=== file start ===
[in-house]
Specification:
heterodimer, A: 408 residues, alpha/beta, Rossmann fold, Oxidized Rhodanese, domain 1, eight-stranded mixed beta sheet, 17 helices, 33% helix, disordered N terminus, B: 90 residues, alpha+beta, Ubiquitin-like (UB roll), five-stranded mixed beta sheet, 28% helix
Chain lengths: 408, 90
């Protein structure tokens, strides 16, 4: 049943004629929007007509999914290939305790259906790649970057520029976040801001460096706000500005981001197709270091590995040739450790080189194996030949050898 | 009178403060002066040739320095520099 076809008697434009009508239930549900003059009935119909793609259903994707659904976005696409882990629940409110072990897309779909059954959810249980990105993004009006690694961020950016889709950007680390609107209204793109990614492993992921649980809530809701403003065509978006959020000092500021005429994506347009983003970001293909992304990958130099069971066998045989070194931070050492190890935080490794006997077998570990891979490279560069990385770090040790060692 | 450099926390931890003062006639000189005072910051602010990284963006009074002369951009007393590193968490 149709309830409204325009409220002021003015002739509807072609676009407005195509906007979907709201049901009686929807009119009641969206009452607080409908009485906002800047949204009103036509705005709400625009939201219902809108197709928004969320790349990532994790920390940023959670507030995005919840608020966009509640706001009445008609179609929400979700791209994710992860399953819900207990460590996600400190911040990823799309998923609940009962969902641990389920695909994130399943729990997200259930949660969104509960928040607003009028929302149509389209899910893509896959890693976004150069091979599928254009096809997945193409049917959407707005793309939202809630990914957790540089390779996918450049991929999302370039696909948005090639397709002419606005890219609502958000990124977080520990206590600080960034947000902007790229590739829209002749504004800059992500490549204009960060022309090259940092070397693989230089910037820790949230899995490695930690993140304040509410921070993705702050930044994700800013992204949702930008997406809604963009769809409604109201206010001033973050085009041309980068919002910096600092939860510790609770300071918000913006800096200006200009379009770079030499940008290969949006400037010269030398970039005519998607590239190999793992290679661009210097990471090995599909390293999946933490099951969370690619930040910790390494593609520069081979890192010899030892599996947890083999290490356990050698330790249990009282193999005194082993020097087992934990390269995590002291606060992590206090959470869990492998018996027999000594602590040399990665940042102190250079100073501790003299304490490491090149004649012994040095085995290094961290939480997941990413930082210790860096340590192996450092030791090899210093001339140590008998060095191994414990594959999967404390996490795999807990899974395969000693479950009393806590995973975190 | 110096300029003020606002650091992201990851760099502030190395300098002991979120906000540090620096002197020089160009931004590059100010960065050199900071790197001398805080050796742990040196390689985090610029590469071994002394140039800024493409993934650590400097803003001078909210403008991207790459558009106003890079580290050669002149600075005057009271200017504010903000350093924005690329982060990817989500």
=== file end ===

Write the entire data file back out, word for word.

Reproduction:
[in-house]
Specification:
heterodimer, A: 408 residues, alpha/beta, Rossmann fold, Oxidized Rhodanese, domain 1, eight-stranded mixed beta sheet, 17 helices, 33% helix, disordered N terminus, B: 90 residues, alpha+beta, Ubiquitin-like (UB roll), five-stranded mixed beta sheet, 28% helix
Chain lengths: 408, 90
């Protein structure tokens, strides 16, 4: 049943004629929007007509999914290939305790259906790649970057520029976040801001460096706000500005981001197709270091590995040739450790080189194996030949050898 | 009178403060002066040739320095520099 076809008697434009009508239930549900003059009935119909793609259903994707659904976005696409882990629940409110072990897309779909059954959810249980990105993004009006690694961020950016889709950007680390609107209204793109990614492993992921649980809530809701403003065509978006959020000092500021005429994506347009983003970001293909992304990958130099069971066998045989070194931070050492190890935080490794006997077998570990891979490279560069990385770090040790060692 | 450099926390931890003062006639000189005072910051602010990284963006009074002369951009007393590193968490 149709309830409204325009409220002021003015002739509807072609676009407005195509906007979907709201049901009686929807009119009641969206009452607080409908009485906002800047949204009103036509705005709400625009939201219902809108197709928004969320790349990532994790920390940023959670507030995005919840608020966009509640706001009445008609179609929400979700791209994710992860399953819900207990460590996600400190911040990823799309998923609940009962969902641990389920695909994130399943729990997200259930949660969104509960928040607003009028929302149509389209899910893509896959890693976004150069091979599928254009096809997945193409049917959407707005793309939202809630990914957790540089390779996918450049991929999302370039696909948005090639397709002419606005890219609502958000990124977080520990206590600080960034947000902007790229590739829209002749504004800059992500490549204009960060022309090259940092070397693989230089910037820790949230899995490695930690993140304040509410921070993705702050930044994700800013992204949702930008997406809604963009769809409604109201206010001033973050085009041309980068919002910096600092939860510790609770300071918000913006800096200006200009379009770079030499940008290969949006400037010269030398970039005519998607590239190999793992290679661009210097990471090995599909390293999946933490099951969370690619930040910790390494593609520069081979890192010899030892599996947890083999290490356990050698330790249990009282193999005194082993020097087992934990390269995590002291606060992590206090959470869990492998018996027999000594602590040399990665940042102190250079100073501790003299304490490491090149004649012994040095085995290094961290939480997941990413930082210790860096340590192996450092030791090899210093001339140590008998060095191994414990594959999967404390996490795999807990899974395969000693479950009393806590995973975190 | 110096300029003020606002650091992201990851760099502030190395300098002991979120906000540090620096002197020089160009931004590059100010960065050199900071790197001398805080050796742990040196390689985090610029590469071994002394140039800024493409993934650590400097803003001078909210403008991207790459558009106003890079580290050669002149600075005057009271200017504010903000350093924005690329982060990817989500």